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AURORA, Colo. – Aurora city leaders are taking steps to improve safety after neighbors demanded changes to an Aurora intersection following two fatal crashes in two months.
Contact7 Investigates first reported on the confusion at County Line Road and South Powhaton Rd., an intersection neighbors claim is poorly designed and dangerous.
"Before more people are killed, they need to do something to stop it," said Linda Lane, whose husband was killed at the intersection two months ago. "A stop sign over there would have saved my husband's life. It's sad that someone else had to die before someone may take action."
Councilwoman Francoise Bergan said the city is now expediting a traffic study to determine if a light is needed and are also looking at temporary solutions to improve safety.
"We hear you loud and clear and we know that this is a top priority," Bergan said.
Bergan represents the area and said she went out to see the problem firsthand on Thursday.
"We didn't know the growth was going to happen in certain areas so quickly and therefore maybe different solutions would have come about," she said.
Bergan said the city needs the data to justify installing a traffic signal or additional stop signs. She said the data collection will monitor traffic volume but that traffic engineers also take into consider the number of accidents which have occurred.
"Even for a four-way stop, you would think 'oh you just one out there,' but we have to have the data," she said.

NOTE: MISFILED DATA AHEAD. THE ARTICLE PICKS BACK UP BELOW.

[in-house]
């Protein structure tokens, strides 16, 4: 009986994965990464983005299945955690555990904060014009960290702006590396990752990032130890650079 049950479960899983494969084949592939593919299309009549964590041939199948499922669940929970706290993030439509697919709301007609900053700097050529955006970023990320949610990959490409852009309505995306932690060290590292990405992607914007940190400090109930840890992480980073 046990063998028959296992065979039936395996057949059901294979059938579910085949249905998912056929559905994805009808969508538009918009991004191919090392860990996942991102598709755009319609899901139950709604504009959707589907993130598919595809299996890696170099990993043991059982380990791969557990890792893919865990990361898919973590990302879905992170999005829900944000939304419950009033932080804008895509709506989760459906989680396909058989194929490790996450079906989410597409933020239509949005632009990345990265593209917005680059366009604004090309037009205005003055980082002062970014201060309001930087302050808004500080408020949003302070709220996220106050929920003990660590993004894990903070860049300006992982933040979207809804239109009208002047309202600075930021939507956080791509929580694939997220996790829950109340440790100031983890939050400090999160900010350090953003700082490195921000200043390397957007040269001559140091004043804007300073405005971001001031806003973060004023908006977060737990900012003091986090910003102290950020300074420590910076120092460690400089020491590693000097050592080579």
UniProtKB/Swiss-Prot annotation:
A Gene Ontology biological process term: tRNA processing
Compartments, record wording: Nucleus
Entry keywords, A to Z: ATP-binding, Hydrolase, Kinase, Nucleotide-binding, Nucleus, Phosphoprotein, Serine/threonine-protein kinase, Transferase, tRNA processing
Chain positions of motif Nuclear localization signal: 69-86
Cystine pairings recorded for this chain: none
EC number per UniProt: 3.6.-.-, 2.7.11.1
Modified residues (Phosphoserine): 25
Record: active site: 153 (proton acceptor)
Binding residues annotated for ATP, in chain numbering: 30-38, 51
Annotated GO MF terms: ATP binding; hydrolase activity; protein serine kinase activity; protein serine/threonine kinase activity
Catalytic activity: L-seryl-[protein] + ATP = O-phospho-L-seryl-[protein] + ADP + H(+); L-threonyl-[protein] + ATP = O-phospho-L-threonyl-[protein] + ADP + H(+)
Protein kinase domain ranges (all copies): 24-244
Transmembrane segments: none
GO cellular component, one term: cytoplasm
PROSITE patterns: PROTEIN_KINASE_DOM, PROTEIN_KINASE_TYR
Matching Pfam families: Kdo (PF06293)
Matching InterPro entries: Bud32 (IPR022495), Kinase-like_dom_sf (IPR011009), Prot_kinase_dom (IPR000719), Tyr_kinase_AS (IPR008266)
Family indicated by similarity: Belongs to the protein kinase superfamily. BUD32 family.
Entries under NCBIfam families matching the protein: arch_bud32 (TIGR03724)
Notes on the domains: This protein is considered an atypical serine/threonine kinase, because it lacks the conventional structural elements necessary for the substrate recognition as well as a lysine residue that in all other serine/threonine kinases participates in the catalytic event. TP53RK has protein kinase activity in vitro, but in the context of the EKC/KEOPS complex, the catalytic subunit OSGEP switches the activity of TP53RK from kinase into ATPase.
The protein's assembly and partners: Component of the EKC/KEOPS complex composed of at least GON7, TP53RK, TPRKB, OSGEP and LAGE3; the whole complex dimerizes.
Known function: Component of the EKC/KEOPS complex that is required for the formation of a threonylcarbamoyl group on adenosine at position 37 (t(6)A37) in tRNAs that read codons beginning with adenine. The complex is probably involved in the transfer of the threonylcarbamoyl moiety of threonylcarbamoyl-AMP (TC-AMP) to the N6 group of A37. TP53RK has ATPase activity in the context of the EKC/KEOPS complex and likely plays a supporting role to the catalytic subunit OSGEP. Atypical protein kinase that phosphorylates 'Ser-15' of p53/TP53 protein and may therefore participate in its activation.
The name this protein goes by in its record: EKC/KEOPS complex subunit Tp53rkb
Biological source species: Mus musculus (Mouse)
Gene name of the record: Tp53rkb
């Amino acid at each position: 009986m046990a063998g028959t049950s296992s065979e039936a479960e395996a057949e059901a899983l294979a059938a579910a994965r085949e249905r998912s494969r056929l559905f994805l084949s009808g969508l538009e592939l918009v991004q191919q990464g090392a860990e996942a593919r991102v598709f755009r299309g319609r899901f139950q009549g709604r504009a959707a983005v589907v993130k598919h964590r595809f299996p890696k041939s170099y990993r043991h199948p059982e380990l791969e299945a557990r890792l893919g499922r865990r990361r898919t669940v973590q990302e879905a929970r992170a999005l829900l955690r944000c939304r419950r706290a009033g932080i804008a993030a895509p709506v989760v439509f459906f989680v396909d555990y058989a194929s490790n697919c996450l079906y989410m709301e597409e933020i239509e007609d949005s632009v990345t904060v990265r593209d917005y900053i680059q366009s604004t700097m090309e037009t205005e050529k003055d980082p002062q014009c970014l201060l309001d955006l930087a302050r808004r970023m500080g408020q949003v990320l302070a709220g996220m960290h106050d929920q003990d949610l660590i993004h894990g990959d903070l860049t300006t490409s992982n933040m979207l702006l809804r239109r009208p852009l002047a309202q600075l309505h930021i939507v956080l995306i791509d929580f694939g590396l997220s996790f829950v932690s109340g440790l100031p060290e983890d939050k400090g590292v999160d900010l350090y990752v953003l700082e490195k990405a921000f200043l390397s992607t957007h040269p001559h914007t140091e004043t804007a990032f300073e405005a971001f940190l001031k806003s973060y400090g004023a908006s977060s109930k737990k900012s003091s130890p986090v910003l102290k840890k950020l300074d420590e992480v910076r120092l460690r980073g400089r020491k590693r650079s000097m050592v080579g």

Also adding to the red tape, three different local governments have a piece of the puzzle and part responsibility at the intersection.
"Makes it a much more complicated situation," Bergan said.
Aurora oversees the intersection infrastructure which would include any traffic improvements, while Douglas County would oversee expanding the roadway at Piney Lake Road. Arapahoe County's jurisdiction comes in at the corner of Sampson Gulch and North Powhaton.
"Because of what happened not only do we have the data collection happening next week, but our staff is trying to get a meeting together with Douglas County officials and Arapahoe County officials," Bergan said.
She also said the road will likely have to be expanded before a traffic signal could be installed.
"You can’t place signals where the road's gonna be widened and have to move them. Logically, that doesn't make sense," Bergan said. "We may have to come up with temporary solution before the long-term solution."
Bergan said the city is looking at the possibility of installing a four-way stop, improving the markings in the road and other temporary solutions. She said Aurora police are also planning to increase patrols in the area to encourage drivers to slow down.
Another challenge has to do with the traffic poles.
Even if the city wanted to install one right away, Bergan said they are on a six to eight-month backlog from the manufacturer. The city said the tariffs on steel are a big part of the backlog.
"The tariffs as well as the demand has been increased with population growth," Bergan said. "There will probably be some temporary measures that we will put in place right away, I'm hoping within the next weeks, month."